Today though? Today kicked my butt. I didn’t get a case of the Mondays, I got a truckload of the Mondays. With coupons. Got my butt kicked by making custom cables using Category 6e spool, which have a little pastic “spine” in them to help keep the four pairs of wires from getting tangled (and thereby reducing cross-talk on the cables) and they’re a little more stiff than normal “household” cables, and that’s all fine and good but oh my GOD do they hurt your hands to crimp into the plastic clips. I think I’m fighting a little bit of a cold, too, or something, ’cause I got to the site at 8:45am and by Noon I’d put 12 cable ends on.
ENDS. That’s SIX FREAKIN’ CABLES @ 30mins each.
I was a mess. Wasn’t measuring properly, kept having to re-crimp stuff because ONE of of the eight possible wires inside the clip wouldn’t pass a simple continuity test, and it takes a bit to figure out which end of the cable is at fault (there’s no way for us to test one clip until the other one’s been crimped on, and there’s no way to re-crimp or un-crimp, so it means cutting the clip off and starting over again, AFTER figuring out which end is the likely culprit).
When my manager appeared next to my elbow and said “You look haggard. Go for a break for a bit” I damn near hugged him. It was 3pm, and I’d just realized that the “smart shortcut” I’d tried to take had just cost me about 20 feet of cable, and meant I’d be able to make ONE patch cable instead of two, and that I’d be having to crimp the cable at a height of six feet, in low light in the server room. There’s no technological shortcut for doing this, and I’m a big fan of techie shortcuts.
I gotta tell you, I really miss the BIX punchdown walls at EA and Nexon. No crimping involved at all (well, no crimping by IT folks). Costs more, yes, probably quite a bit more, BUT if you have the room in your network closets/rooms (we don’t), and can possibly pull it off from your budget, DO IT. Save your technicians from muscle fatigue and having them wonder if that sudden sharp pain in their right bicep is a cramp of some sort, or if they’re going to die of a heart attack because the tester shows that pins 3 & 4 are mashed (both light up at the same time instead of individually) and pin 6 doesn’t light up at all.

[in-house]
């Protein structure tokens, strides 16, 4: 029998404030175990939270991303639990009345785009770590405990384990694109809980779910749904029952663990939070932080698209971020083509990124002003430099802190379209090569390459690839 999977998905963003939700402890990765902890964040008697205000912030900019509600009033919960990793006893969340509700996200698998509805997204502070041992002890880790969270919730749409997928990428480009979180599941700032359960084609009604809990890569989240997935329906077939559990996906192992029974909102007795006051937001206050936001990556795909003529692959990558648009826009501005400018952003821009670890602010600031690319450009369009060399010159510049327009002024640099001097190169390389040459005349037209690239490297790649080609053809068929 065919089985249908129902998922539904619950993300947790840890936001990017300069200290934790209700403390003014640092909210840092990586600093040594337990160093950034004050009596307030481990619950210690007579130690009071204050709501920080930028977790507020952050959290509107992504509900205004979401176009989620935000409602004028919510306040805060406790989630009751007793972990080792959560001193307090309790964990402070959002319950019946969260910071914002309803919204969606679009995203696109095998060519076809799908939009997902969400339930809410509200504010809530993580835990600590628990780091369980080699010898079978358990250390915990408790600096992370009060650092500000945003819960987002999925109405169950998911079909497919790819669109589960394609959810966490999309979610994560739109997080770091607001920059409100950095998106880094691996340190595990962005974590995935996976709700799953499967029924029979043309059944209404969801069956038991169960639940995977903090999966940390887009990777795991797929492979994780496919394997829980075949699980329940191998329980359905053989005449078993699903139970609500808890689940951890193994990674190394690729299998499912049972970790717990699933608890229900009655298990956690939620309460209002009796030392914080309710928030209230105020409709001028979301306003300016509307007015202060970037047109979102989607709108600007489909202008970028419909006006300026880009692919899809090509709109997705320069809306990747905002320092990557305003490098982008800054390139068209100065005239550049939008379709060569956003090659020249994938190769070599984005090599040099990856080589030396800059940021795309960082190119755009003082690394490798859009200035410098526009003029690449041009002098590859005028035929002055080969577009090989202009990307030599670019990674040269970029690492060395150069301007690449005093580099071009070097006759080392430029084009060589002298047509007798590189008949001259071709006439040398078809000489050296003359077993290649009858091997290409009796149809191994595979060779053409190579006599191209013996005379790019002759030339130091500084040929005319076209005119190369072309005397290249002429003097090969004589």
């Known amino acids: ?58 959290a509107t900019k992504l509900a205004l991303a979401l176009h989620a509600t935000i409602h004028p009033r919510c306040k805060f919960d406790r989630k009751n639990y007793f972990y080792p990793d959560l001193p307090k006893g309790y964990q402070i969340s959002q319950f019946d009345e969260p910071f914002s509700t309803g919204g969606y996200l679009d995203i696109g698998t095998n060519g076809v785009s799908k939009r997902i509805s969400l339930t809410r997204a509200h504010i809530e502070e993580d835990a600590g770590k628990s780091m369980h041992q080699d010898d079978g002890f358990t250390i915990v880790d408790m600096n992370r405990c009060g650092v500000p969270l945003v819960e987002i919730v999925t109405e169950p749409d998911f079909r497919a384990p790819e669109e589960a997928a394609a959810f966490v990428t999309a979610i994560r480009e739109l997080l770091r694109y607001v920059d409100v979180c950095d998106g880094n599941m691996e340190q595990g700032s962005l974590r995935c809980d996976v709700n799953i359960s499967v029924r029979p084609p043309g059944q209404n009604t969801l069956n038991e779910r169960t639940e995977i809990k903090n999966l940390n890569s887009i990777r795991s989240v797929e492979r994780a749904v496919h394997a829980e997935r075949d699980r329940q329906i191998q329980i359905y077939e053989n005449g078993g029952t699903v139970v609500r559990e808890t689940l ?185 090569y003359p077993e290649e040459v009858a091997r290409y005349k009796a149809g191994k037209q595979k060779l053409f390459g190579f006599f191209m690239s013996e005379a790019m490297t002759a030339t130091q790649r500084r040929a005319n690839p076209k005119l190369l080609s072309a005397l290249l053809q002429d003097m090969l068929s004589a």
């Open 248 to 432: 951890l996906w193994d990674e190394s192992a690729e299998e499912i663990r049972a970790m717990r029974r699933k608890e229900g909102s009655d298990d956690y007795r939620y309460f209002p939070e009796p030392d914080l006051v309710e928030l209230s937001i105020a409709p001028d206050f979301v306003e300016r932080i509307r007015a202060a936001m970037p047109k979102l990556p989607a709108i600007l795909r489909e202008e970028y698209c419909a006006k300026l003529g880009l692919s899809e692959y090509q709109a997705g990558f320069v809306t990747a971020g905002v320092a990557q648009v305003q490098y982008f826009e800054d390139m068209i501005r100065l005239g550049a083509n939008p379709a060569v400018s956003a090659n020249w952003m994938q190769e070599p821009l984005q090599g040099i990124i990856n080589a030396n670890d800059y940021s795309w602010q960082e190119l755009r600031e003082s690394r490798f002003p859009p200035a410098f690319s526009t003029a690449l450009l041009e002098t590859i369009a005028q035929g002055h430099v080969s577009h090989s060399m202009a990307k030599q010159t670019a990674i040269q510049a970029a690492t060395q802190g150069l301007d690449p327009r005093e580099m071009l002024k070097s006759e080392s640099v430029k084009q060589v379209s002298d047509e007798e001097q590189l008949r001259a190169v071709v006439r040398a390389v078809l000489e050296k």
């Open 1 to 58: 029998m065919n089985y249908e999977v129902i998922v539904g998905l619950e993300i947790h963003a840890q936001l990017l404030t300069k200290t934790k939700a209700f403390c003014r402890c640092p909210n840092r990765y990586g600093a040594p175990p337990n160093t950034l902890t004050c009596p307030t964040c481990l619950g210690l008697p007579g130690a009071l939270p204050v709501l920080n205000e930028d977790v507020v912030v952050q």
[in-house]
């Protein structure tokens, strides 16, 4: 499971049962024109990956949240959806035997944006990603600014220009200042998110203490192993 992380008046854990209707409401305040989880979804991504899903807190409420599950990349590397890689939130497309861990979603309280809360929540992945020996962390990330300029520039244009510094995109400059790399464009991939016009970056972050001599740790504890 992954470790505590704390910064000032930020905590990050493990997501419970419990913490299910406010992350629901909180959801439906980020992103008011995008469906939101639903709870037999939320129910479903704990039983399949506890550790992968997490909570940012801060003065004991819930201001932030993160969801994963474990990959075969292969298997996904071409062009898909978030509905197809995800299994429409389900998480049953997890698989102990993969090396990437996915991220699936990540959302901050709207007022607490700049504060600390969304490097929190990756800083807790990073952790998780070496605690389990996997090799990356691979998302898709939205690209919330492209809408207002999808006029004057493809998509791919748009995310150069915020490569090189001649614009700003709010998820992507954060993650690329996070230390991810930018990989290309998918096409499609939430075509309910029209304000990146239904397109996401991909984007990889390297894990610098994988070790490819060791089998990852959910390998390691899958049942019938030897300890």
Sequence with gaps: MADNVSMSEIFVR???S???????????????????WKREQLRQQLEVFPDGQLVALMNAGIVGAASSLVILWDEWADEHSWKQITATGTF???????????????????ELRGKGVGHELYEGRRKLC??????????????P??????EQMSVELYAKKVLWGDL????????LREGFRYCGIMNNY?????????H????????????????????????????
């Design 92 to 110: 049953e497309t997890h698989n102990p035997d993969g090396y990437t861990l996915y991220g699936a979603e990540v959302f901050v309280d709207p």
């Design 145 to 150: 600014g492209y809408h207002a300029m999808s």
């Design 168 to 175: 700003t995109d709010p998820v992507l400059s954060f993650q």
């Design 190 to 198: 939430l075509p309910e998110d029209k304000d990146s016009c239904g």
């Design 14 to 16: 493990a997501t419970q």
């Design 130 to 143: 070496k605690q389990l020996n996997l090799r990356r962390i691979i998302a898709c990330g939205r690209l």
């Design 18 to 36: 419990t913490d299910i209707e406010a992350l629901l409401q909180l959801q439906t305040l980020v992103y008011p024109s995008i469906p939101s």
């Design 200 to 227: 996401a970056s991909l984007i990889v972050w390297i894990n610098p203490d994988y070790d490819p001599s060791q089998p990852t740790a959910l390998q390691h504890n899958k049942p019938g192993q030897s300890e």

Why, yes, I am whining, thank you for noticing.
Thought about calling Arwen for some words of encouragement (that was literally what I was going to call her and ask for), but knew she would be picking up Ripley at school, and would be juggling stuff at home shortly. Decided I needed some food. Badly. Had some lunch, drank one of those gigantic 99cent cans of iced tea, and felt my soul slide back behind my eyes a little again. Another ten minutes of watching people shop and eavesdropping on someone’s iPhone-conducted business at the new Urban Fare and I was ready to go again.
Finished the next 90 minutes of work without incident. Bit of a blur, really. Don’t think I broke anything, but it wasn’t exactly a case of “any well-executed technology tends to look like magic” either.
I rode home (the blocks are short, but uphill, and there’s some sorta “red wave” with the lights going on), had some yummy dinner, and then slept for about an hour. Arwen put the kids to bed. Don’t think I really said more than five words to either one of them before I crashed out. Woke up, wandered around the house for a bit. Asked the manager if he needed me to come back in tonight to get some more stuff done (the list of what was needed to be done today was long, and I got exactly NONE of it done), but since he said no, here I am.
Left my stuff at the office, so I can’t fill out the evaluation thing for the Mole Hill board I’m supposed to have done for tomorrow at 6:30, so that’s my lunch hour gone, and I don’t even wanna get into the drama around housing here at the Hill again.
But that’s tomorrow.
Tomorrow is another day.